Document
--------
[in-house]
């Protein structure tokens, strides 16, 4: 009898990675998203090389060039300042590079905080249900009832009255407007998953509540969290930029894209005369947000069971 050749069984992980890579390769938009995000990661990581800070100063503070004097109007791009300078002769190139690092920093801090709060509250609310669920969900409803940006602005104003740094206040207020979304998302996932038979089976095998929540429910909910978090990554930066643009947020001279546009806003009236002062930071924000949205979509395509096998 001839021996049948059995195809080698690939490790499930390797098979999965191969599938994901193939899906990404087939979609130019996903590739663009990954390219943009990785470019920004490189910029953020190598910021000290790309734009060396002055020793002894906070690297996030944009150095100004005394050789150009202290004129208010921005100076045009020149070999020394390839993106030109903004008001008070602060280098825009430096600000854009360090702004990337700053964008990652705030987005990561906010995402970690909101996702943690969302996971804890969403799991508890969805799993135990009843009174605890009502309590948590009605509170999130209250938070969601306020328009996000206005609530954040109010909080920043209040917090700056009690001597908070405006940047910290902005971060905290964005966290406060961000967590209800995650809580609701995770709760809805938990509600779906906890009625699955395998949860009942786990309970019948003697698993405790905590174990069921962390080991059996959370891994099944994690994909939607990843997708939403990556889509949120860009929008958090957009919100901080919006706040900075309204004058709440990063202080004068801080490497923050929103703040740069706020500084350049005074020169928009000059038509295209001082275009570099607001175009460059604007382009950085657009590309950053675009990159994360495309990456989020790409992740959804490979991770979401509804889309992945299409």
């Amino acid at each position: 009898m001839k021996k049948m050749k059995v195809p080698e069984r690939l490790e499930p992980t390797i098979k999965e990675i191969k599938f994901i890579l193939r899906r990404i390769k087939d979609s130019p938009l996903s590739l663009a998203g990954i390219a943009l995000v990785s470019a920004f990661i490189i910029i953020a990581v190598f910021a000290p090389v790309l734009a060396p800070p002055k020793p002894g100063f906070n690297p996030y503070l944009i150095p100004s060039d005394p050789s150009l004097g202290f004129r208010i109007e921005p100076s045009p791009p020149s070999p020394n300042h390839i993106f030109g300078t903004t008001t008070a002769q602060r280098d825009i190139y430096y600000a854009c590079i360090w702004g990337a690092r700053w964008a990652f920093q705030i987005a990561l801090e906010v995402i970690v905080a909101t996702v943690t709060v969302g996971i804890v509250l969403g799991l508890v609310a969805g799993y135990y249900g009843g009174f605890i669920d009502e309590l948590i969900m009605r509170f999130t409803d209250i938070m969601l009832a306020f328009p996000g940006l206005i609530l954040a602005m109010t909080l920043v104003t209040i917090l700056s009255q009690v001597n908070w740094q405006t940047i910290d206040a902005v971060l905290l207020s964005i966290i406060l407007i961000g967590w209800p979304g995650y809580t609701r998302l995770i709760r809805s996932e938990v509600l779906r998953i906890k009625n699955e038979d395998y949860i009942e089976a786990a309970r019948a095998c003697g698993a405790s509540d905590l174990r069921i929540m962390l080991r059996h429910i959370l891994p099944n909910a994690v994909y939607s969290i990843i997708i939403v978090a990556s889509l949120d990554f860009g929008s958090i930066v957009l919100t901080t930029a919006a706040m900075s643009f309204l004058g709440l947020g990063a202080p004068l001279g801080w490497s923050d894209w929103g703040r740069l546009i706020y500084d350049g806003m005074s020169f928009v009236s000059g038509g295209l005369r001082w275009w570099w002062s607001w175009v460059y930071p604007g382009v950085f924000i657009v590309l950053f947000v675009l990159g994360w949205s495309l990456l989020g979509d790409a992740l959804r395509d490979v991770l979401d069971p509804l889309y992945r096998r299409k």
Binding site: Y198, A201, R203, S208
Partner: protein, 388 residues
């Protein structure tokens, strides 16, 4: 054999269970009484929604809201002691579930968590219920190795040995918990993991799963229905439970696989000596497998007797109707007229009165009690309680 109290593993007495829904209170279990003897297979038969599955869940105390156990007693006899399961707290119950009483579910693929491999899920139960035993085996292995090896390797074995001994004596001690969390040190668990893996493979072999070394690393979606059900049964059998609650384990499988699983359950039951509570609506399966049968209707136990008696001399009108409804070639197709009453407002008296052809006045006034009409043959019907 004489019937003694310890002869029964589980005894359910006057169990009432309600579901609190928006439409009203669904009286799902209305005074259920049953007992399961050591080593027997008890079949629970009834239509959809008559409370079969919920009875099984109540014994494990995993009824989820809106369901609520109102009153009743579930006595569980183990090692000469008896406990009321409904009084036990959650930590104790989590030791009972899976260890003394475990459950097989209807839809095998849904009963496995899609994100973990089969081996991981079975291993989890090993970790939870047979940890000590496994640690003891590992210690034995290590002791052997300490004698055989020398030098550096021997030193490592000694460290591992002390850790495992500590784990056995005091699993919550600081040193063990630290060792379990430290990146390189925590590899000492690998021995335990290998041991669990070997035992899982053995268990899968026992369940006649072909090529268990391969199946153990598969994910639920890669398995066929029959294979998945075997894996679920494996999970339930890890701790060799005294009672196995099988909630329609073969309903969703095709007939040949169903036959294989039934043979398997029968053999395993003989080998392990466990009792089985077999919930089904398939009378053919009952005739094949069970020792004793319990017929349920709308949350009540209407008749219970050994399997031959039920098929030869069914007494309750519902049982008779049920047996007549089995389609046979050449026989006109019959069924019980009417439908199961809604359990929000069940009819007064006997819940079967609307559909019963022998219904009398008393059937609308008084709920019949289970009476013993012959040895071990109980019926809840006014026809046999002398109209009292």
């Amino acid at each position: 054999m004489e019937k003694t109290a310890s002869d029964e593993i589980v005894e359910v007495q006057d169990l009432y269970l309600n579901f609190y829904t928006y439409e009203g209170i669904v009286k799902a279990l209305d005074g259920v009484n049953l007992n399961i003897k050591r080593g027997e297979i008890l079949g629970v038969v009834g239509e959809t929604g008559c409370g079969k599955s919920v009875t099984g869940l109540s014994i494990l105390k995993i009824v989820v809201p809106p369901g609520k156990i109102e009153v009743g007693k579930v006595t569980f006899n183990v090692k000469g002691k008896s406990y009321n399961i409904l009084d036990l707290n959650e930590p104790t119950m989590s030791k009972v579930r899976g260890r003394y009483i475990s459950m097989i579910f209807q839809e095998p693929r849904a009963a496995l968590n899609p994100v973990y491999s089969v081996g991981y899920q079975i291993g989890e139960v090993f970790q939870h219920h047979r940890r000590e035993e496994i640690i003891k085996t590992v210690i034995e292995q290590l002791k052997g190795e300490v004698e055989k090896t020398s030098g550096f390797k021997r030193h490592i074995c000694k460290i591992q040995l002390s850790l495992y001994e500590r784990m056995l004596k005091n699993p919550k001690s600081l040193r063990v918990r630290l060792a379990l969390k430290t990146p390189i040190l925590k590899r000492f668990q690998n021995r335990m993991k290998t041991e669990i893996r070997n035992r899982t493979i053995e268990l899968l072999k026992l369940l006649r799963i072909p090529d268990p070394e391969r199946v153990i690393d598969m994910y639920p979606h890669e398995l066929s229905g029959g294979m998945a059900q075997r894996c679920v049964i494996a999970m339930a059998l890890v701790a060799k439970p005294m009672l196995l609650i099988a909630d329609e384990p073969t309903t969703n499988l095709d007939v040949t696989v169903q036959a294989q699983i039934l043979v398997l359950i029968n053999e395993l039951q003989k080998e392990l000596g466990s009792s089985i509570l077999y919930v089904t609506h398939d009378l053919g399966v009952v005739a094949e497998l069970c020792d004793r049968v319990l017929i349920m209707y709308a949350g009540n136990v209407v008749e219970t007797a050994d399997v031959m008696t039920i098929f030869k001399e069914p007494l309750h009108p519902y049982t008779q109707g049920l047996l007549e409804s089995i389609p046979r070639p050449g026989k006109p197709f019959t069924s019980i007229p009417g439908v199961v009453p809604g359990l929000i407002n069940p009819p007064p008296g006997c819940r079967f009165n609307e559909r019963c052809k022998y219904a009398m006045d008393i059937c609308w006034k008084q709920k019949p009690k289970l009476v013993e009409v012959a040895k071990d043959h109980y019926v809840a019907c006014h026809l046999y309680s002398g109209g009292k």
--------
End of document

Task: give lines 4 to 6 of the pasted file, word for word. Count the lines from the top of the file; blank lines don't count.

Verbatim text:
Binding site: Y198, A201, R203, S208
Partner: protein, 388 residues
């Protein structure tokens, strides 16, 4: 054999269970009484929604809201002691579930968590219920190795040995918990993991799963229905439970696989000596497998007797109707007229009165009690309680 109290593993007495829904209170279990003897297979038969599955869940105390156990007693006899399961707290119950009483579910693929491999899920139960035993085996292995090896390797074995001994004596001690969390040190668990893996493979072999070394690393979606059900049964059998609650384990499988699983359950039951509570609506399966049968209707136990008696001399009108409804070639197709009453407002008296052809006045006034009409043959019907 004489019937003694310890002869029964589980005894359910006057169990009432309600579901609190928006439409009203669904009286799902209305005074259920049953007992399961050591080593027997008890079949629970009834239509959809008559409370079969919920009875099984109540014994494990995993009824989820809106369901609520109102009153009743579930006595569980183990090692000469008896406990009321409904009084036990959650930590104790989590030791009972899976260890003394475990459950097989209807839809095998849904009963496995899609994100973990089969081996991981079975291993989890090993970790939870047979940890000590496994640690003891590992210690034995290590002791052997300490004698055989020398030098550096021997030193490592000694460290591992002390850790495992500590784990056995005091699993919550600081040193063990630290060792379990430290990146390189925590590899000492690998021995335990290998041991669990070997035992899982053995268990899968026992369940006649072909090529268990391969199946153990598969994910639920890669398995066929029959294979998945075997894996679920494996999970339930890890701790060799005294009672196995099988909630329609073969309903969703095709007939040949169903036959294989039934043979398997029968053999395993003989080998392990466990009792089985077999919930089904398939009378053919009952005739094949069970020792004793319990017929349920709308949350009540209407008749219970050994399997031959039920098929030869069914007494309750519902049982008779049920047996007549089995389609046979050449026989006109019959069924019980009417439908199961809604359990929000069940009819007064006997819940079967609307559909019963022998219904009398008393059937609308008084709920019949289970009476013993012959040895071990109980019926809840006014026809046999002398109209009292």